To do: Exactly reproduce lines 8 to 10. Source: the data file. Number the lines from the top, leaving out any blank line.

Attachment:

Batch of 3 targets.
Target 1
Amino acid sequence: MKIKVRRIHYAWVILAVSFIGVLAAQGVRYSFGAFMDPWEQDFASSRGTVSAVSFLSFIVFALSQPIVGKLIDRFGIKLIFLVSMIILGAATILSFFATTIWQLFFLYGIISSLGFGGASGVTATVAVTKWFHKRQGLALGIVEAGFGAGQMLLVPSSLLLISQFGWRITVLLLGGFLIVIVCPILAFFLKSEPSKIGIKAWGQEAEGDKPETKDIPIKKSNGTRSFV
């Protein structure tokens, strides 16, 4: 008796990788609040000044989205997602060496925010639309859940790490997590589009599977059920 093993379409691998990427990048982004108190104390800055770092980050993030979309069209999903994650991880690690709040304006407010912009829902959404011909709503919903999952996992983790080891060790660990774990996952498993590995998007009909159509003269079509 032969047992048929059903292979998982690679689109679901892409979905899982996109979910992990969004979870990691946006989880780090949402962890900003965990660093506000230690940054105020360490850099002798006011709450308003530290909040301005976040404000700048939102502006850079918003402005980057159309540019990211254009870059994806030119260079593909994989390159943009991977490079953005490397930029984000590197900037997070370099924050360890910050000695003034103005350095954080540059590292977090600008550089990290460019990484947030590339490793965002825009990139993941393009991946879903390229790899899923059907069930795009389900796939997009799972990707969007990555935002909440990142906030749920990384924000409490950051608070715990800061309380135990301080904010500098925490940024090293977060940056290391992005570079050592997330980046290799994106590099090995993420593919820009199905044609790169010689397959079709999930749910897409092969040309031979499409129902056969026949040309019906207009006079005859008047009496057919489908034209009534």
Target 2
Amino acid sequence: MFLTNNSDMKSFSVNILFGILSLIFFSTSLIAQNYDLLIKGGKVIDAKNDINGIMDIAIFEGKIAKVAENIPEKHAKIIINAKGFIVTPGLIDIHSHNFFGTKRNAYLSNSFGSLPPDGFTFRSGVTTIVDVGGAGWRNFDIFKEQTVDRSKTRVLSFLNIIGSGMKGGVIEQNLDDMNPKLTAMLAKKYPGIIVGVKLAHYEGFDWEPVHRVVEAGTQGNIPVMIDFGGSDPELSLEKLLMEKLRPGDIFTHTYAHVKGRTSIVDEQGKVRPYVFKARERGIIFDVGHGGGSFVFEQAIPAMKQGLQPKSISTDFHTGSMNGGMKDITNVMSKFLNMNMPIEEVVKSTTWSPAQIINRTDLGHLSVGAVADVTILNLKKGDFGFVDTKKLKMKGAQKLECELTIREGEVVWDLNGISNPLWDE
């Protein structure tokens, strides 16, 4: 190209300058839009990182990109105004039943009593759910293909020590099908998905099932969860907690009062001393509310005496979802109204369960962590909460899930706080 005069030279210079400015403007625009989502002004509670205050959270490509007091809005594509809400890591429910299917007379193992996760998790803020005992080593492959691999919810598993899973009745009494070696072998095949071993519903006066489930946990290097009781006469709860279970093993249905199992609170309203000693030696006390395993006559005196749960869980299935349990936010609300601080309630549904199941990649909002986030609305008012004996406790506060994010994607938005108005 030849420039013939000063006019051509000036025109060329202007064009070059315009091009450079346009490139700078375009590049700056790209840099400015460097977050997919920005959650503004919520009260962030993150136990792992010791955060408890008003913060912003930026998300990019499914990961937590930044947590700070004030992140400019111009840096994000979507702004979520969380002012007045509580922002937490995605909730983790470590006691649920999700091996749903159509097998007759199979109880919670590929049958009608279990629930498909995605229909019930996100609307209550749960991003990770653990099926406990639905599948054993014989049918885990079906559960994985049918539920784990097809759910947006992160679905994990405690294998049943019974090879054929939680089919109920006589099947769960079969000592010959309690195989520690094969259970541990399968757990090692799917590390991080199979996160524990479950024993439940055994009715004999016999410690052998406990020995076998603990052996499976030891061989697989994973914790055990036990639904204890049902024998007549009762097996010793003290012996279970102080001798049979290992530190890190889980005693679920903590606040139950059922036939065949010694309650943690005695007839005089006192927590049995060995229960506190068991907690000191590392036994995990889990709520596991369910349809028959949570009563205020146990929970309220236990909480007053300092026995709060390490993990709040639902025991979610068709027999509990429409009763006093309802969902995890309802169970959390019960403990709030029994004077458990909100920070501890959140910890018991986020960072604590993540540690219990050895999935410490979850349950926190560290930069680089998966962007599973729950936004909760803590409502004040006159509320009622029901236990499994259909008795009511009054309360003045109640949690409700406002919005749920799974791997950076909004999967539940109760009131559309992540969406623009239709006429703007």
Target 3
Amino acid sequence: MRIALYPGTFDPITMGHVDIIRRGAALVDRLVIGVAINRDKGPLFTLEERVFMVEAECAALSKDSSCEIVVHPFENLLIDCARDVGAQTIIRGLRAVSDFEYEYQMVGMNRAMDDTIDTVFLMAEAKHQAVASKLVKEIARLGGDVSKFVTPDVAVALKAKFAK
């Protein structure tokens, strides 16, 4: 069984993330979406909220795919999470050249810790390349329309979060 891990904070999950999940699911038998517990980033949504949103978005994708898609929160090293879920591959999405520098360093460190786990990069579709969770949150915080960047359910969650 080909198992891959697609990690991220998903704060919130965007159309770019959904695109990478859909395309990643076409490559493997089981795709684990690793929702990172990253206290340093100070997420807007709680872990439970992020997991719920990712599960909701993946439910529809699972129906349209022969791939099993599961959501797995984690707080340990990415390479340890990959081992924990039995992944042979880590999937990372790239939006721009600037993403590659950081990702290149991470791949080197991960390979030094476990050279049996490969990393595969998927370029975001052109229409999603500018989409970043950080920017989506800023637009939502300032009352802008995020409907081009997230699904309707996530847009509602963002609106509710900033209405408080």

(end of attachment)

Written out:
Target 3
Amino acid sequence: MRIALYPGTFDPITMGHVDIIRRGAALVDRLVIGVAINRDKGPLFTLEERVFMVEAECAALSKDSSCEIVVHPFENLLIDCARDVGAQTIIRGLRAVSDFEYEYQMVGMNRAMDDTIDTVFLMAEAKHQAVASKLVKEIARLGGDVSKFVTPDVAVALKAKFAK
């Protein structure tokens, strides 16, 4: 069984993330979406909220795919999470050249810790390349329309979060 891990904070999950999940699911038998517990980033949504949103978005994708898609929160090293879920591959999405520098360093460190786990990069579709969770949150915080960047359910969650 080909198992891959697609990690991220998903704060919130965007159309770019959904695109990478859909395309990643076409490559493997089981795709684990690793929702990172990253206290340093100070997420807007709680872990439970992020997991719920990712599960909701993946439910529809699972129906349209022969791939099993599961959501797995984690707080340990990415390479340890990959081992924990039995992944042979880590999937990372790239939006721009600037993403590659950081990702290149991470791949080197991960390979030094476990050279049996490969990393595969998927370029975001052109229409999603500018989409970043950080920017989506800023637009939502300032009352802008995020409907081009997230699904309707996530847009509602963002609106509710900033209405408080």